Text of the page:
Pam Harrison

June 10, 2014

AMSTERDAM — In hemodialysis patients with secondary hyperparathyroidism, the calcimimetic cinacalcet improves time to death and cardiovascular (CV) end points, but only in those 65 years and older, a new analysis of data from the EVOLVE trial shows.

"We planned this subanalysis of EVOLVE before the trial started because we wanted to see what effect age might have on the treatment effect of cinacalcet," said Patrick Parfrey, MD, professor of medicine at Memorial University in St. John's, Newfoundland, Canada.

"We found that the effect modification by age could be explained by differences in baseline CV risk between younger and older patients, the differential application in younger and older patients of cointerventions to reduce parathyroid hormone, and differences in the diminished power to observe an effect in younger and older patients." Dr. Parfrey told Medscape Medical News.

He presented the study results here at the European Renal Association-European Dialysis and Transplant Association 51st Congress.


Because disorders of mineral metabolism, including secondary hyperparathyroidism, are thought to contribute to vascular calcification in patients with chronic kidney disease, EVOLVE investigators hypothesized that cinacalcet would reduce the risk for death and nonfatal CV events in hemodialysis patients with secondary hyperparathyroidism.

In the multinational, prospective, double-blind, randomized study, cinacalcet was compared with placebo in hemodialysis patients with moderate to severe hyperparathyroidism.

Of the 3883 patients enrolled in the trial, 74% were younger than 65 years and 26% were 65 years and older.

The primary composite end point was time to death, myocardial infarction, hospitalization for unstable angina, heart failure, and peripheral vascular events.

Previous results from EVOLVE demonstrated that, after 21.2 months of follow-up, the primary composite end point was similar in the cinacalcet and placebo groups (48.2% vs 49.2%), as reported by Medscape Medical News.

For the current analysis, Dr. Parfrey and his colleagues set out to determine whether outcomes are altered by the use of cointerventions to reduce parathyroid hormone, including renal transplantation and parathyroidectomy, or age-based differences in CV risk.

At baseline, as expected, younger patients had much less CV disease than older patients, and the prevalence of diabetes was significantly lower in younger patients than in older patients (29% vs 46%).

Rates of parathyroidectomy and kidney transplantation — both of which interrupt severe hyperparathyroidism — were compared between younger and older patients. "There was a 3-fold increased rate of kidney transplantation in younger than in older patients, as well as a 3-fold greater use of parathyroidectomy in younger than in older patients," Dr. Parfrey reported. The greater use of cointerventions in younger patients could have influenced outcomes.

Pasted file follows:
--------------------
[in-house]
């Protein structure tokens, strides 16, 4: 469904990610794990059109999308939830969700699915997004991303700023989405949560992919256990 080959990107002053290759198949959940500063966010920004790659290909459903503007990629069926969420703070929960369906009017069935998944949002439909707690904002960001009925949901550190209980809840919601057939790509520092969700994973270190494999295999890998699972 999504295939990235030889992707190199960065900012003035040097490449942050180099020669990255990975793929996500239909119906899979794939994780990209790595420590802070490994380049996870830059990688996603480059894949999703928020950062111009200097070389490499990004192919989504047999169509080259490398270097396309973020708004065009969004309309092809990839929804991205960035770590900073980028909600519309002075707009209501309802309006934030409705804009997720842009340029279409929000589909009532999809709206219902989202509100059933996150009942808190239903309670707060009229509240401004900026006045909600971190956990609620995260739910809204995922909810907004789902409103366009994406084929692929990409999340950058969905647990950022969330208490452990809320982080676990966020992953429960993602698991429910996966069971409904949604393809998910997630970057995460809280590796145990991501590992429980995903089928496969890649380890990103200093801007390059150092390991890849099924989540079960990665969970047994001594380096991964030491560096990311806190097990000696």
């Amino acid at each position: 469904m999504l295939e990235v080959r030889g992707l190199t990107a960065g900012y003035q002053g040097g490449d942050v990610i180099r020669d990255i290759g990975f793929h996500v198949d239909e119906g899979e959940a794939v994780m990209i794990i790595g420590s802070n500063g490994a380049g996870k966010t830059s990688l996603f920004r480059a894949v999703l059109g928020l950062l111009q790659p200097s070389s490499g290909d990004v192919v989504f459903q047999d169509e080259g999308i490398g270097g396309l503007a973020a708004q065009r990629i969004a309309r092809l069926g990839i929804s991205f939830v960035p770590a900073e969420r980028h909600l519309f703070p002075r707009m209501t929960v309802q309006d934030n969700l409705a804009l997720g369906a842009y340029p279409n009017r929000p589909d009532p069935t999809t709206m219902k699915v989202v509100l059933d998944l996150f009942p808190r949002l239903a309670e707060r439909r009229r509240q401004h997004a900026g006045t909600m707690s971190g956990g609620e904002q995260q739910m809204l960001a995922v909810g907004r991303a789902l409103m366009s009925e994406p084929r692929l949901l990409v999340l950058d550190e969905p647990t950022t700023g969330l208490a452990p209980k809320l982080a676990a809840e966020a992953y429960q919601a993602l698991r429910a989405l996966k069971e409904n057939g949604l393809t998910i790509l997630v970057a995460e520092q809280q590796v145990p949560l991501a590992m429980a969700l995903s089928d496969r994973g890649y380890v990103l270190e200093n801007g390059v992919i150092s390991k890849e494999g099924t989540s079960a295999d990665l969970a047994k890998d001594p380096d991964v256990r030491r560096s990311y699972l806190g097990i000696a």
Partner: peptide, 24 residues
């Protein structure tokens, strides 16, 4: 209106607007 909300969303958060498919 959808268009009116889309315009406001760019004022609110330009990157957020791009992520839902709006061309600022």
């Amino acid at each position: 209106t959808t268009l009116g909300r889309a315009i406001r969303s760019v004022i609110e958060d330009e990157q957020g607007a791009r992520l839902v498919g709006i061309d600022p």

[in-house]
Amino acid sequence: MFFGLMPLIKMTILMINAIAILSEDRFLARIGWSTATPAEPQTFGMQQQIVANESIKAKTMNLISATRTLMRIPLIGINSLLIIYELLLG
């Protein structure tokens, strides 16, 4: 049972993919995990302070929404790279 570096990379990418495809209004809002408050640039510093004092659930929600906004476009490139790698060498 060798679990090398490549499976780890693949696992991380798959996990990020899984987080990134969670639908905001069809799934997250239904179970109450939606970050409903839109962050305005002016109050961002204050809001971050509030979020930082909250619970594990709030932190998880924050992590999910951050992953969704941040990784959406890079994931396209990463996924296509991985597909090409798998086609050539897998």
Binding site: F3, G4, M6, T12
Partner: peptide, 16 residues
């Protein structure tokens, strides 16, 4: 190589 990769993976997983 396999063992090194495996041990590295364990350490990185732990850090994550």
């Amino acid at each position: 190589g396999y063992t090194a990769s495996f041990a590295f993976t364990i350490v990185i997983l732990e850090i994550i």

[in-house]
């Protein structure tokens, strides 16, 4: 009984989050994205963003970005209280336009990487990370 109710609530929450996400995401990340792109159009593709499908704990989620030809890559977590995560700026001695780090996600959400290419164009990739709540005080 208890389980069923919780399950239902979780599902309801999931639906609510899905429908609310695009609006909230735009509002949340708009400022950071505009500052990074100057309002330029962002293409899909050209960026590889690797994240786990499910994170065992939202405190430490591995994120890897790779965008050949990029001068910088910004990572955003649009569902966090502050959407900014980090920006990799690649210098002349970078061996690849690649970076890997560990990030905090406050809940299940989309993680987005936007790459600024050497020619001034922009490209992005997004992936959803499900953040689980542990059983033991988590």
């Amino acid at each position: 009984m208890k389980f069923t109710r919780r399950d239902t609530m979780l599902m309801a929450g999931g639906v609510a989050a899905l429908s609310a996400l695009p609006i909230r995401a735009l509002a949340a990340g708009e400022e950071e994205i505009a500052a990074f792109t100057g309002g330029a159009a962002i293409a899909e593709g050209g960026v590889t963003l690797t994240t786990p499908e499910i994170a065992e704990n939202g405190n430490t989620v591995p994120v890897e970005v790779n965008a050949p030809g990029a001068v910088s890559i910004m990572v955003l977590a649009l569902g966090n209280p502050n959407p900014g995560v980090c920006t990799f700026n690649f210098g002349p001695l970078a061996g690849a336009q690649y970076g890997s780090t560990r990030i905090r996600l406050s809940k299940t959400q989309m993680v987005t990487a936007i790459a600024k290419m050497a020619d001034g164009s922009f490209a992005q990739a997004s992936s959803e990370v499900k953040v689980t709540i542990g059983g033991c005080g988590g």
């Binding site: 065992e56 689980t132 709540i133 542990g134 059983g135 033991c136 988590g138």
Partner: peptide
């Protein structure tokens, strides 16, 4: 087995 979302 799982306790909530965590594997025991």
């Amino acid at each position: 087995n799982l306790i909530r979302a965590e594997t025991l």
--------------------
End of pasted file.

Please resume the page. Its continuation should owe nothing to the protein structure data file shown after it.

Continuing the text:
In the older group, cinacalcet improved time to death by 27% (P < .001) and the primary composite CV endpoint by 26% (P < .001).

A difference in the treatment effect was seen between the younger and older patients categorized by history of CV disease at baseline.

Table. Hazard Ratio for Treatment Effect of Cinacalcet, Compared With Placebo

Age Group CV Disease at Baseline No CV Disease at Baseline
Younger 0.84 0.97
Older 0.66 0.83


Approximately two-thirds of patients in the placebo group were treated with cinacalcet after the development of severe unremitting hyperparathyroidism. This skewed results and decreased the study's power to observe treatment effects in younger patients.

"If you evaluate the effect of cinacalcet on the basis of why we give it in the first place, which is to prevent severe unremitting hyperparathyroidism, the drug worked in both age groups," Dr. Parfrey reported. It reduced the risk for "severe unremitting hyperparathyroidism by over 50% in all patients."

"Our analysis supports the use of cinacalcet in older patients with continuing hyperparathyroidism who are at high CV risk. It also supports cinacalcet use in younger patients at high CV risk if they are not candidates for renal transplantation or parathyroidectomy," he said.

Hypothesis-Generating Analysis

Although the data presented are "interesting," this is more of a "hypothesis-generating" analysis, said Patrick Rossignol, MD, PhD, professor of therapeutics at the University Hospital Centre of Nancy in France. Further study and more evidence is needed before practice changes.

However, Dr. Rossignol acknowledged that there is, as yet, no therapy to prevent CV events in hemodialysis patients, which is clearly needed.

"Given the fact that cinacalcet use was shown to be safe in the EVOLVE trial, one might consider using it, especially in elderly hemodialysis patients with continuing hyperparathyroidism, to prevent cardiovascular complications" until more robust data become available, he concluded.

The study was funded by Amgen. Dr. Parfrey and Dr. Rossignol have disclosed no relevant financial relationships.

European Renal Association-European Dialysis and Transplant Association (ERA-EDTA) 51st Congress: Abstract TO013. Presented June 3, 2014.


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